How do parents come up with their baby’s name–particularly, Filipino parents? Filipinos are known to have really quirky naming skills. No one seems to flinch about peculiar names in this country because we grew up to all the weirdness all our lives. You only realize how weird the names are when taken from a foreigner’s perspective (such as by Matthew Sutherland).
During the Spanish times, it was customary to name children based on the feasts of saints celebrated during that day. That is why it’s not uncommon for our grandparents to have names such as Natividad, Asuncion, Concepcion, Lourdes, and even Circumcision (there is a thing known as The Feast of the Circumcision of our Lord back in the day!)
My son Caleb was born on Christmas day, to which people in the Philippines would often respond ‘You should have named him ‘Emmanuel’. Ironically, both my brother and father are named ‘Noel’, but neither were even born during Christmas season.
Other odd naming practices in the country: If you come from a Filipino family, we all have an uncle or male relative named ‘Boy’–and a tita named ‘Girlie‘, ‘Baby‘ or ‘Babes‘. The Filipino-Chinese have the preference of putting the suffix ‘-son’ in their names. Names such as ‘Benson’, ‘Harrison’ or ‘Johnson’ are popular among the Filipino-Chinese community. My personal favorite is the ‘themed families’; who name their children after fruits, seasons, virtues, superheroes, desserts or Beatles band members. So if you know a guy named ‘Newton’, he probably also has a sister named ‘Marie Curie’. I am saying this with a straight face.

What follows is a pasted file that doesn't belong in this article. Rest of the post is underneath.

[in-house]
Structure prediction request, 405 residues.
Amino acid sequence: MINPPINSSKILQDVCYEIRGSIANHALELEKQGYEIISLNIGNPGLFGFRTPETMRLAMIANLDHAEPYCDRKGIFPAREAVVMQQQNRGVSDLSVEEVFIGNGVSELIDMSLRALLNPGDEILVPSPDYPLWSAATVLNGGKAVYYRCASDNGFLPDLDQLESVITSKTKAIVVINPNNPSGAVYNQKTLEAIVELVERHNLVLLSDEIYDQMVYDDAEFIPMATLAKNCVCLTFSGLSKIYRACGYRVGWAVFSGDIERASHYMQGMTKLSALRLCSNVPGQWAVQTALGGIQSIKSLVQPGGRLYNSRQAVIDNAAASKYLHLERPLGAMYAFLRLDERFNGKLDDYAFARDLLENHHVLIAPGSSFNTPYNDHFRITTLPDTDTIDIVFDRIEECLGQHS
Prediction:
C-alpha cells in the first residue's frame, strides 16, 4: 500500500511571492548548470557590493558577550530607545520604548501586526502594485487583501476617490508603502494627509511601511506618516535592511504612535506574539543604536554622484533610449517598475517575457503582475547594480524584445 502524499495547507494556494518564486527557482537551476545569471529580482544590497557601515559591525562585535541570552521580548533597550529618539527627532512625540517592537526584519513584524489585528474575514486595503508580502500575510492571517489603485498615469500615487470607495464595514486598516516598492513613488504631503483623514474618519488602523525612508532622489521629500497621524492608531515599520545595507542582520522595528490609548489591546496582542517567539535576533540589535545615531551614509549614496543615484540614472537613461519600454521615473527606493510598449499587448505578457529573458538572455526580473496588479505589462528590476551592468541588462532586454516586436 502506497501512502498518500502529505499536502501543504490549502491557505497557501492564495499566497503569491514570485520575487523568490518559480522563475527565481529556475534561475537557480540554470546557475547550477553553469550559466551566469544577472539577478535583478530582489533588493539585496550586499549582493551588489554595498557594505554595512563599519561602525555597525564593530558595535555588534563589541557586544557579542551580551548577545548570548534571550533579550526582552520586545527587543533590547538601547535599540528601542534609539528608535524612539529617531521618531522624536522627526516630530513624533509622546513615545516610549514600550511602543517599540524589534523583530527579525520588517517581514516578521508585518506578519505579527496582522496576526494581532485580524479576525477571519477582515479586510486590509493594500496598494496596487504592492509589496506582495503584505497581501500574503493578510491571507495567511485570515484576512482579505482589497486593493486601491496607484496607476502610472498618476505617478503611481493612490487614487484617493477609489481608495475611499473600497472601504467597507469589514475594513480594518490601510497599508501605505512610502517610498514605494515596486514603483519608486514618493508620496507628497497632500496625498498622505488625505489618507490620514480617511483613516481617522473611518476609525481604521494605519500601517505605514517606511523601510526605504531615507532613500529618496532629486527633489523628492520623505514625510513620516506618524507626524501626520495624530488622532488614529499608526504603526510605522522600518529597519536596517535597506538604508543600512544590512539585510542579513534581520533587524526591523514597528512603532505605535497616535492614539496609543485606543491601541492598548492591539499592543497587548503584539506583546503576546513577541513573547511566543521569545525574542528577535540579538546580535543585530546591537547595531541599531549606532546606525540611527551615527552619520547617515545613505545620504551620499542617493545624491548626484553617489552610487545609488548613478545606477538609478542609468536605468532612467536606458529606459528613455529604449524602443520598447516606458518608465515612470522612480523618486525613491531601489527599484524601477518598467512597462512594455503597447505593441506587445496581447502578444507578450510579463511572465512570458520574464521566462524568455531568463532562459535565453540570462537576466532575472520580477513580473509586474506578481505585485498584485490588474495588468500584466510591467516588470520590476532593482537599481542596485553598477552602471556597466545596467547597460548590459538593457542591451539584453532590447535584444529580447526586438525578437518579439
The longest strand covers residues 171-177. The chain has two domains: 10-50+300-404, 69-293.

Nicknames are an integral part of the Filipino culture. Have you ever had a friend who everyone refers to by their nickname that no one really knows what their real name really was? I have a good friend named ‘Poopie‘ whom I met back in college– but seriously didn’t know her real name for years until she added me on Facebook. (I remember proclaiming ‘Who the hell is Michelle?’ when I got her friend request.)
Filipinos like to make nicknames out of everything. Repeating syllables is a form of endearment, so common Filipino nicknames include ‘Len-len’, ‘Bam-bam’, ‘Dan-dan’, ‘Mik-mik’, the list goes on. Our current president is better known to the public as ‘Noynoy’. And even if you have a short name like ‘Seth’, your friends will call you by a longer nickname, ‘Set-Set’.
And then we also see the trend of ‘combining’ names to make up new names. Jomari is the offspring of Jose and Maria, and Gracniel’s parents were probably named ‘Grace’ and ‘Daniel’. My former school principal was called Luzviminda after Luzon, Visayas and Mindanao. How else did current Vice President Jejomar Binay get his name but by combining Jesus, Joseph and Mary together?
A two-syllable name that’s short, concise and unnickname-able–that’s what I wanted for my baby. Unfortunately some of his cheeky ninongs have started calling him ‘Leb-leb’ and even ‘Taleb‘.
He’ll probably acquire a few more nicknames from family and friends as he grows older.
(P.S., I don’t hate unique names. I love them! Like what Sutherland said, imagine if we live in a world full of John Smiths, life would be so boring, won’t it?) 😄